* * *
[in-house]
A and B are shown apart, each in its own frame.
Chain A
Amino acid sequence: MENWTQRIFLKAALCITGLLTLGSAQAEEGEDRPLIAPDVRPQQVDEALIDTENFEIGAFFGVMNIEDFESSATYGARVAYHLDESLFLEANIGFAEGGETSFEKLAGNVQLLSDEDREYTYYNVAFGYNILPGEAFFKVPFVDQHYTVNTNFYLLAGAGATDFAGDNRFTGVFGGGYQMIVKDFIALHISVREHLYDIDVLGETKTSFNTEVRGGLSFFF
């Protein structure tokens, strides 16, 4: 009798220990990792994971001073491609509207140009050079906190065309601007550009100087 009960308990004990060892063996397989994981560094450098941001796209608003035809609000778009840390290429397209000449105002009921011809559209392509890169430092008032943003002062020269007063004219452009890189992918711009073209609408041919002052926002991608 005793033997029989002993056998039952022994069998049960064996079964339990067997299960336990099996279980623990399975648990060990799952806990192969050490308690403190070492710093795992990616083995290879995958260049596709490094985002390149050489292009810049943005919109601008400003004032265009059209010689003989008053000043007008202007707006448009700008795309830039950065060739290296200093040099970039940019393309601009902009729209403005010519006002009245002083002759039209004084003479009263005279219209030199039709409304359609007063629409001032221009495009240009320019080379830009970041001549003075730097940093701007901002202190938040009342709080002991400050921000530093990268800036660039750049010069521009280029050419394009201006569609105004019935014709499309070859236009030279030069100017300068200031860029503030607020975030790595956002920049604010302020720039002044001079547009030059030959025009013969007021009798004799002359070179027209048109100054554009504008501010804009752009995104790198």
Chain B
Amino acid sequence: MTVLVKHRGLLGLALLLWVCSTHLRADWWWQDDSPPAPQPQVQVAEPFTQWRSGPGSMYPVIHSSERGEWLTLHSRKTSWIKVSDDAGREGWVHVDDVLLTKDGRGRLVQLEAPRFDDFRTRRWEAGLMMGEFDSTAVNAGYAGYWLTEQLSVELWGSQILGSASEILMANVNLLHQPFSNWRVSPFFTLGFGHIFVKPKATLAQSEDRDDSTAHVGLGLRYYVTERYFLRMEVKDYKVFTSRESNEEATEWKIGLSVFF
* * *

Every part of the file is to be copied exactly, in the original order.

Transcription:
[in-house]
A and B are shown apart, each in its own frame.
Chain A
Amino acid sequence: MENWTQRIFLKAALCITGLLTLGSAQAEEGEDRPLIAPDVRPQQVDEALIDTENFEIGAFFGVMNIEDFESSATYGARVAYHLDESLFLEANIGFAEGGETSFEKLAGNVQLLSDEDREYTYYNVAFGYNILPGEAFFKVPFVDQHYTVNTNFYLLAGAGATDFAGDNRFTGVFGGGYQMIVKDFIALHISVREHLYDIDVLGETKTSFNTEVRGGLSFFF
């Protein structure tokens, strides 16, 4: 009798220990990792994971001073491609509207140009050079906190065309601007550009100087 009960308990004990060892063996397989994981560094450098941001796209608003035809609000778009840390290429397209000449105002009921011809559209392509890169430092008032943003002062020269007063004219452009890189992918711009073209609408041919002052926002991608 005793033997029989002993056998039952022994069998049960064996079964339990067997299960336990099996279980623990399975648990060990799952806990192969050490308690403190070492710093795992990616083995290879995958260049596709490094985002390149050489292009810049943005919109601008400003004032265009059209010689003989008053000043007008202007707006448009700008795309830039950065060739290296200093040099970039940019393309601009902009729209403005010519006002009245002083002759039209004084003479009263005279219209030199039709409304359609007063629409001032221009495009240009320019080379830009970041001549003075730097940093701007901002202190938040009342709080002991400050921000530093990268800036660039750049010069521009280029050419394009201006569609105004019935014709499309070859236009030279030069100017300068200031860029503030607020975030790595956002920049604010302020720039002044001079547009030059030959025009013969007021009798004799002359070179027209048109100054554009504008501010804009752009995104790198």
Chain B
Amino acid sequence: MTVLVKHRGLLGLALLLWVCSTHLRADWWWQDDSPPAPQPQVQVAEPFTQWRSGPGSMYPVIHSSERGEWLTLHSRKTSWIKVSDDAGREGWVHVDDVLLTKDGRGRLVQLEAPRFDDFRTRRWEAGLMMGEFDSTAVNAGYAGYWLTEQLSVELWGSQILGSASEILMANVNLLHQPFSNWRVSPFFTLGFGHIFVKPKATLAQSEDRDDSTAHVGLGLRYYVTERYFLRMEVKDYKVFTSRESNEEATEWKIGLSVFF